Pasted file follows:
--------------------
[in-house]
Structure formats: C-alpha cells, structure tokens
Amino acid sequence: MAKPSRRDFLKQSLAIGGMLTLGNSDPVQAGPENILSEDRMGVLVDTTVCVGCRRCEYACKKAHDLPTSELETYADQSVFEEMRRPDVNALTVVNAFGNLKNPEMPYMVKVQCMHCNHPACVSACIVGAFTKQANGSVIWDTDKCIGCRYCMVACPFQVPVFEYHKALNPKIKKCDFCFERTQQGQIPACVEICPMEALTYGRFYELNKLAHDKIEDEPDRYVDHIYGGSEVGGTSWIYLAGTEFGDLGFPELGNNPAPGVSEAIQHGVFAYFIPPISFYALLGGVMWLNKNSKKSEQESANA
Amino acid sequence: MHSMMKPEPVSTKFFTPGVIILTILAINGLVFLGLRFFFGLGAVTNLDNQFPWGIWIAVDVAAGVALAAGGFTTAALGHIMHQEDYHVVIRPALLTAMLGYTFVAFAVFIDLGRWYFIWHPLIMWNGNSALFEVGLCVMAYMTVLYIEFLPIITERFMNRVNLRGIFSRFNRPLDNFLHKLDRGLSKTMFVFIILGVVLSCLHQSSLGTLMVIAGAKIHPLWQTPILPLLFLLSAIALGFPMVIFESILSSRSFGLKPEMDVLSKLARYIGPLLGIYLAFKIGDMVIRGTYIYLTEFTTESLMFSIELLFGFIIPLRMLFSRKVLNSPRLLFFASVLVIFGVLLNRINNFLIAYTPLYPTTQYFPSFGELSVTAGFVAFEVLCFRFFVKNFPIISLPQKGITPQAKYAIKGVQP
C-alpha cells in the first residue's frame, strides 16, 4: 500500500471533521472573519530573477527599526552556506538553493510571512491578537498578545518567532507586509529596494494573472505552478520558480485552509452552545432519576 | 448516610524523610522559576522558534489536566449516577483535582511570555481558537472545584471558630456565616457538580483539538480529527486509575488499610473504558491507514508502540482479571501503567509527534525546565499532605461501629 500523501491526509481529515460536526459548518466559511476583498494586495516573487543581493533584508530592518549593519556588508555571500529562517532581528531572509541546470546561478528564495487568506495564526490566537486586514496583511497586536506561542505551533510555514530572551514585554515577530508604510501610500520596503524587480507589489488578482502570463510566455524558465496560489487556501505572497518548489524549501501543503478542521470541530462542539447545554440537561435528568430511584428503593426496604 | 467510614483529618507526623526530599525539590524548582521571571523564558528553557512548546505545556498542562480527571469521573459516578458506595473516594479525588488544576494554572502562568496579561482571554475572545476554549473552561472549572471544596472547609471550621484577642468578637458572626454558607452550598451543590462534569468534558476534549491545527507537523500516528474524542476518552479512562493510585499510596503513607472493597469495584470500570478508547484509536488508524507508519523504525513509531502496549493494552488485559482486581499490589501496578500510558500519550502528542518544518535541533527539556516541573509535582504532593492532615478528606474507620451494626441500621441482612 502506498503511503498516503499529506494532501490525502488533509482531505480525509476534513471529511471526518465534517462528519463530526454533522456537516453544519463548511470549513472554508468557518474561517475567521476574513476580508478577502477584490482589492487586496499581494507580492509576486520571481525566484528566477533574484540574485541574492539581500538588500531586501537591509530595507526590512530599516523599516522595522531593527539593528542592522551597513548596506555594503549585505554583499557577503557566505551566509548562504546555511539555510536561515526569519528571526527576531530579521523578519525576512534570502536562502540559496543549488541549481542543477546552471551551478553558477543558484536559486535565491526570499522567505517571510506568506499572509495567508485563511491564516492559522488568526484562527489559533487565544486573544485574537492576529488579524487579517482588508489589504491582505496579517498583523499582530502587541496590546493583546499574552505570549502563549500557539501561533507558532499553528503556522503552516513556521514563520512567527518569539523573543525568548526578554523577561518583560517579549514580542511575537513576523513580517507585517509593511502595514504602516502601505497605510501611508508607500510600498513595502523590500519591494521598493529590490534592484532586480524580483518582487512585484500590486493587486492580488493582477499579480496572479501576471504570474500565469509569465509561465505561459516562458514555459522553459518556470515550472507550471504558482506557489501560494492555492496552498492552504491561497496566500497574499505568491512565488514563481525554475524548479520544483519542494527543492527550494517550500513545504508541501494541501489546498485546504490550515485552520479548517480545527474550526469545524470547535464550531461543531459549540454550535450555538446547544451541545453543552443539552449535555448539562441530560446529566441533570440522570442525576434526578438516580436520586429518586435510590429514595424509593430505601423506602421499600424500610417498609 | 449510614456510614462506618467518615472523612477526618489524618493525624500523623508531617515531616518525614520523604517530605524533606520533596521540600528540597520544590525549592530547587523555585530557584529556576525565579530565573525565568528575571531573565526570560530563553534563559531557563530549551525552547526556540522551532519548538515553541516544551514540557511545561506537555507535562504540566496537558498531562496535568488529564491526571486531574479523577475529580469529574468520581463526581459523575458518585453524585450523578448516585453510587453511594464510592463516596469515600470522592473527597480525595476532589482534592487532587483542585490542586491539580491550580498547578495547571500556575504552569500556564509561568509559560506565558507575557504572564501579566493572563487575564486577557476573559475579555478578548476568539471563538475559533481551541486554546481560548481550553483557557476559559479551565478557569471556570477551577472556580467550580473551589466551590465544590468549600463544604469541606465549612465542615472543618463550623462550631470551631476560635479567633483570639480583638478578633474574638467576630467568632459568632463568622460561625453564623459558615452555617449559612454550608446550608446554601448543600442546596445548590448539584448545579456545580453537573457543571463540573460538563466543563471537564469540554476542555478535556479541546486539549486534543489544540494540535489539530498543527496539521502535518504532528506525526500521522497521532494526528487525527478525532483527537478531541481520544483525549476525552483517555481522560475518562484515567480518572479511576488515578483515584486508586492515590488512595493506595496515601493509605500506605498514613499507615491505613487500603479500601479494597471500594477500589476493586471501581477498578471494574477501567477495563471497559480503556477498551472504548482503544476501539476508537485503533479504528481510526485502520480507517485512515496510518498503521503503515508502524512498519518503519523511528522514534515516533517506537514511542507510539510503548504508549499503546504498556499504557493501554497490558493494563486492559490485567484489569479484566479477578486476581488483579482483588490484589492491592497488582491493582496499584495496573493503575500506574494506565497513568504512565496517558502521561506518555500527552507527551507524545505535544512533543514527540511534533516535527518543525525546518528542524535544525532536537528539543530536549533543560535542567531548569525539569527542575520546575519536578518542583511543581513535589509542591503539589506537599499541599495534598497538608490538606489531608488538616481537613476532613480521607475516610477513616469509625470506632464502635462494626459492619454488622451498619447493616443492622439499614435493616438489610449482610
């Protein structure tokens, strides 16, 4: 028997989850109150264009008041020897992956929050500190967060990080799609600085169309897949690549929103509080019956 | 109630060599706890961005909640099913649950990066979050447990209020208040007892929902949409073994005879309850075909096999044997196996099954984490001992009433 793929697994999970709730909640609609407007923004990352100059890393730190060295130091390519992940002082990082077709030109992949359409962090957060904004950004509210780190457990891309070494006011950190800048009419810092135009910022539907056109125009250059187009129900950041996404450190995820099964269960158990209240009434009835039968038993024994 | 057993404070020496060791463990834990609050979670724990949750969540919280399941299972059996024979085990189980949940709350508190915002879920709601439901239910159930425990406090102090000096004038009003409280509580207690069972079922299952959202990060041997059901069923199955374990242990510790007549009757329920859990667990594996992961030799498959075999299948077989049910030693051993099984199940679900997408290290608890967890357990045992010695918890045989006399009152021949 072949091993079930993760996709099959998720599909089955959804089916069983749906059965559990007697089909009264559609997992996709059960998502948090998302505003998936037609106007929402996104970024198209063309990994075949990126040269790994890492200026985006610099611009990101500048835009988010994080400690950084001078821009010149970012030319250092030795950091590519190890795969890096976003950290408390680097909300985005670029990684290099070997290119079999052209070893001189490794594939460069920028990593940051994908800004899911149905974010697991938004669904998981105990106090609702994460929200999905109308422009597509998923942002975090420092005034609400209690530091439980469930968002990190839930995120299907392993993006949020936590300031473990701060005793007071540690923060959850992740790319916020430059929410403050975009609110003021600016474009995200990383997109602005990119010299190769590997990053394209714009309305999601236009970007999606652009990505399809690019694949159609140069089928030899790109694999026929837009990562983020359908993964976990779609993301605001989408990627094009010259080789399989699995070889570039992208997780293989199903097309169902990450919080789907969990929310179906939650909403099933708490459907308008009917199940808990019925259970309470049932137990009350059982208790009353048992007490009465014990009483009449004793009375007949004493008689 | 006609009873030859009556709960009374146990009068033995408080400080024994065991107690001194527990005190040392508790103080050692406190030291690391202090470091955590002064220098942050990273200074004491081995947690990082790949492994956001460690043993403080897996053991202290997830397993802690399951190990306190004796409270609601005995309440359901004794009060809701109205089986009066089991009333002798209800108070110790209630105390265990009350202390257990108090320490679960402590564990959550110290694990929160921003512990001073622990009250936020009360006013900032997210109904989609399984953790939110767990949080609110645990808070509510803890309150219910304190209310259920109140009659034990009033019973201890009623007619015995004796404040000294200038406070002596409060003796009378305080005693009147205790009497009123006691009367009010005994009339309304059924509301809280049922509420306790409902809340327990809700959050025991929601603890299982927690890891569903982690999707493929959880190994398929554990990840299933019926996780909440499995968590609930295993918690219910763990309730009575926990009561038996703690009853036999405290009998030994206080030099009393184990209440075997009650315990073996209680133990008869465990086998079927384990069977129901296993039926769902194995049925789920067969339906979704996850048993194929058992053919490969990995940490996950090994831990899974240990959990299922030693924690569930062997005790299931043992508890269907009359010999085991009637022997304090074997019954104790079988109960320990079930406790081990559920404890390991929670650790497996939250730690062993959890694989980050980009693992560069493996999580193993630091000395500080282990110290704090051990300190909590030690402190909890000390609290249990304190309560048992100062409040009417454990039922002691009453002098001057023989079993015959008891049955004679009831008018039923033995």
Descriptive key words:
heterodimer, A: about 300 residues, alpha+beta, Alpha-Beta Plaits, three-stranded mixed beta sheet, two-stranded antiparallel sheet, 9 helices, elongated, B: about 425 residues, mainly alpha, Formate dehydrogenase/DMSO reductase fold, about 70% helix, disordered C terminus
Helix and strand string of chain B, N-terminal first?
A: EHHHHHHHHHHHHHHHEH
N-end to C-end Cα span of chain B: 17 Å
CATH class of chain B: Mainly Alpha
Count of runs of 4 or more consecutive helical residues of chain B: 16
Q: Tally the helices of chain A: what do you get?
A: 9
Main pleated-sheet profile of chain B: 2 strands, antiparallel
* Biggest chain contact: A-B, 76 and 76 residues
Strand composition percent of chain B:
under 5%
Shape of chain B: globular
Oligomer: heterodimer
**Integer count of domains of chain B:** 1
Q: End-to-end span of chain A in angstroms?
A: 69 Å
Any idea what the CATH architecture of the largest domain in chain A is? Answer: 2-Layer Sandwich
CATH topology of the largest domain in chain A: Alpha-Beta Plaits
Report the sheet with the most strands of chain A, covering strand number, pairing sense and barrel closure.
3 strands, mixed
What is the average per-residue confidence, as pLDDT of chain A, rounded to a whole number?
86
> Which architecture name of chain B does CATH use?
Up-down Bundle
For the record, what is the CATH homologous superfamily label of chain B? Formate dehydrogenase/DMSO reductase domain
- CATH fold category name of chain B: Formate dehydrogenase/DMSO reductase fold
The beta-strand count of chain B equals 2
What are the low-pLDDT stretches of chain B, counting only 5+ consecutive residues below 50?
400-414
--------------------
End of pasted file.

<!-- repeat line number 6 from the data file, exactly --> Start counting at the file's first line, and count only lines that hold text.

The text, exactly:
């Protein structure tokens, strides 16, 4: 028997989850109150264009008041020897992956929050500190967060990080799609600085169309897949690549929103509080019956 | 109630060599706890961005909640099913649950990066979050447990209020208040007892929902949409073994005879309850075909096999044997196996099954984490001992009433 793929697994999970709730909640609609407007923004990352100059890393730190060295130091390519992940002082990082077709030109992949359409962090957060904004950004509210780190457990891309070494006011950190800048009419810092135009910022539907056109125009250059187009129900950041996404450190995820099964269960158990209240009434009835039968038993024994 | 057993404070020496060791463990834990609050979670724990949750969540919280399941299972059996024979085990189980949940709350508190915002879920709601439901239910159930425990406090102090000096004038009003409280509580207690069972079922299952959202990060041997059901069923199955374990242990510790007549009757329920859990667990594996992961030799498959075999299948077989049910030693051993099984199940679900997408290290608890967890357990045992010695918890045989006399009152021949 072949091993079930993760996709099959998720599909089955959804089916069983749906059965559990007697089909009264559609997992996709059960998502948090998302505003998936037609106007929402996104970024198209063309990994075949990126040269790994890492200026985006610099611009990101500048835009988010994080400690950084001078821009010149970012030319250092030795950091590519190890795969890096976003950290408390680097909300985005670029990684290099070997290119079999052209070893001189490794594939460069920028990593940051994908800004899911149905974010697991938004669904998981105990106090609702994460929200999905109308422009597509998923942002975090420092005034609400209690530091439980469930968002990190839930995120299907392993993006949020936590300031473990701060005793007071540690923060959850992740790319916020430059929410403050975009609110003021600016474009995200990383997109602005990119010299190769590997990053394209714009309305999601236009970007999606652009990505399809690019694949159609140069089928030899790109694999026929837009990562983020359908993964976990779609993301605001989408990627094009010259080789399989699995070889570039992208997780293989199903097309169902990450919080789907969990929310179906939650909403099933708490459907308008009917199940808990019925259970309470049932137990009350059982208790009353048992007490009465014990009483009449004793009375007949004493008689 | 006609009873030859009556709960009374146990009068033995408080400080024994065991107690001194527990005190040392508790103080050692406190030291690391202090470091955590002064220098942050990273200074004491081995947690990082790949492994956001460690043993403080897996053991202290997830397993802690399951190990306190004796409270609601005995309440359901004794009060809701109205089986009066089991009333002798209800108070110790209630105390265990009350202390257990108090320490679960402590564990959550110290694990929160921003512990001073622990009250936020009360006013900032997210109904989609399984953790939110767990949080609110645990808070509510803890309150219910304190209310259920109140009659034990009033019973201890009623007619015995004796404040000294200038406070002596409060003796009378305080005693009147205790009497009123006691009367009010005994009339309304059924509301809280049922509420306790409902809340327990809700959050025991929601603890299982927690890891569903982690999707493929959880190994398929554990990840299933019926996780909440499995968590609930295993918690219910763990309730009575926990009561038996703690009853036999405290009998030994206080030099009393184990209440075997009650315990073996209680133990008869465990086998079927384990069977129901296993039926769902194995049925789920067969339906979704996850048993194929058992053919490969990995940490996950090994831990899974240990959990299922030693924690569930062997005790299931043992508890269907009359010999085991009637022997304090074997019954104790079988109960320990079930406790081990559920404890390991929670650790497996939250730690062993959890694989980050980009693992560069493996999580193993630091000395500080282990110290704090051990300190909590030690402190909890000390609290249990304190309560048992100062409040009417454990039922002691009453002098001057023989079993015959008891049955004679009831008018039923033995």